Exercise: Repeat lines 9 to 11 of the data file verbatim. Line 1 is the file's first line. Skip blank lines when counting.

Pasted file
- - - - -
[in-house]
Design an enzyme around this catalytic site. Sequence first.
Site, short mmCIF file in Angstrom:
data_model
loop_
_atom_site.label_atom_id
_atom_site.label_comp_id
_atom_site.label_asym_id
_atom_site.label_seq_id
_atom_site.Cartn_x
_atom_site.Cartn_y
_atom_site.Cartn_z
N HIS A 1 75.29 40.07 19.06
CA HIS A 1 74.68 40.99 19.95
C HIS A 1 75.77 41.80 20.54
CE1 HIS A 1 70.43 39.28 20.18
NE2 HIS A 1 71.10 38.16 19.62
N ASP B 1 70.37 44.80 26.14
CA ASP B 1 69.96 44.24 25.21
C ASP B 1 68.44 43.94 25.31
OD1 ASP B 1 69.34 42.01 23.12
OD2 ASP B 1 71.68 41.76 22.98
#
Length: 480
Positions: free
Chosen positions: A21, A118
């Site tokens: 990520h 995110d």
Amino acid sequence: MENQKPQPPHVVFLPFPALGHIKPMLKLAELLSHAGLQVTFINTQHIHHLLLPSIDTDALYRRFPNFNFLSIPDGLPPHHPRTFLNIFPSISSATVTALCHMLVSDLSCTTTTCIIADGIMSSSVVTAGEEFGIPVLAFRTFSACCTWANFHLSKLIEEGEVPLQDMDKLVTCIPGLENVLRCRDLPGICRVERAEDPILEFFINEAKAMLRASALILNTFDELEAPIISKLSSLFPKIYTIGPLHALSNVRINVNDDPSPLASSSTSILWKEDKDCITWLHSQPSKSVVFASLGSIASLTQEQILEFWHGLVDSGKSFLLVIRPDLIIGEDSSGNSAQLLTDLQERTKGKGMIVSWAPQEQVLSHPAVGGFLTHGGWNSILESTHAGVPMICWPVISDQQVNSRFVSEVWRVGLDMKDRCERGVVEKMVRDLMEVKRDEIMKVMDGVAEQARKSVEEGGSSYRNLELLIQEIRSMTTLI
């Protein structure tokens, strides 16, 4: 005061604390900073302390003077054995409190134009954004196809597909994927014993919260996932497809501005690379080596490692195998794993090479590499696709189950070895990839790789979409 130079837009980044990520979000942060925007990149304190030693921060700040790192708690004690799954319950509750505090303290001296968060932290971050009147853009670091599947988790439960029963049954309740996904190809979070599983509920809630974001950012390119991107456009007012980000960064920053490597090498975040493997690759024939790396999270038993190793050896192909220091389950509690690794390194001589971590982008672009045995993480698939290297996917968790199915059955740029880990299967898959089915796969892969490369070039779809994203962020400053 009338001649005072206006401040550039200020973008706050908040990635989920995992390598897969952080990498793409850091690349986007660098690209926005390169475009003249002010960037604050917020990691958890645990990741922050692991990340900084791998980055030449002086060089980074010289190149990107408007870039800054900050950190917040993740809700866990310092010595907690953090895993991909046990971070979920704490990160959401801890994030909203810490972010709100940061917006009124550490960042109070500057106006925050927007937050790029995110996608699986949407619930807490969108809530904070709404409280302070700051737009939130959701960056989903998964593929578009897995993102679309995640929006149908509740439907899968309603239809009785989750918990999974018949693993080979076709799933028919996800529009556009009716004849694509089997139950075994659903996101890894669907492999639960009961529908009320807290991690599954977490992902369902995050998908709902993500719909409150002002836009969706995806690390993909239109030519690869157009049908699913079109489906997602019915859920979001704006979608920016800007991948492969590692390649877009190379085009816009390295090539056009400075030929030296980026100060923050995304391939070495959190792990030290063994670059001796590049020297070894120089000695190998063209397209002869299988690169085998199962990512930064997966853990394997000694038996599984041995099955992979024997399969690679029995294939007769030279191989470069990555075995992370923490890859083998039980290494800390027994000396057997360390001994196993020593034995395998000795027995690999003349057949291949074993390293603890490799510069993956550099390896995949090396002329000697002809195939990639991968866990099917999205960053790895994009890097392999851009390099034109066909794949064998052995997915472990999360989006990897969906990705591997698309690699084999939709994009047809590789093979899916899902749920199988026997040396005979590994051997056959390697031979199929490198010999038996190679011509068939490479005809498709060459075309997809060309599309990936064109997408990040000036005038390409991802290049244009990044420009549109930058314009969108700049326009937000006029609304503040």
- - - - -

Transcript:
_atom_site.label_seq_id
_atom_site.Cartn_x
_atom_site.Cartn_y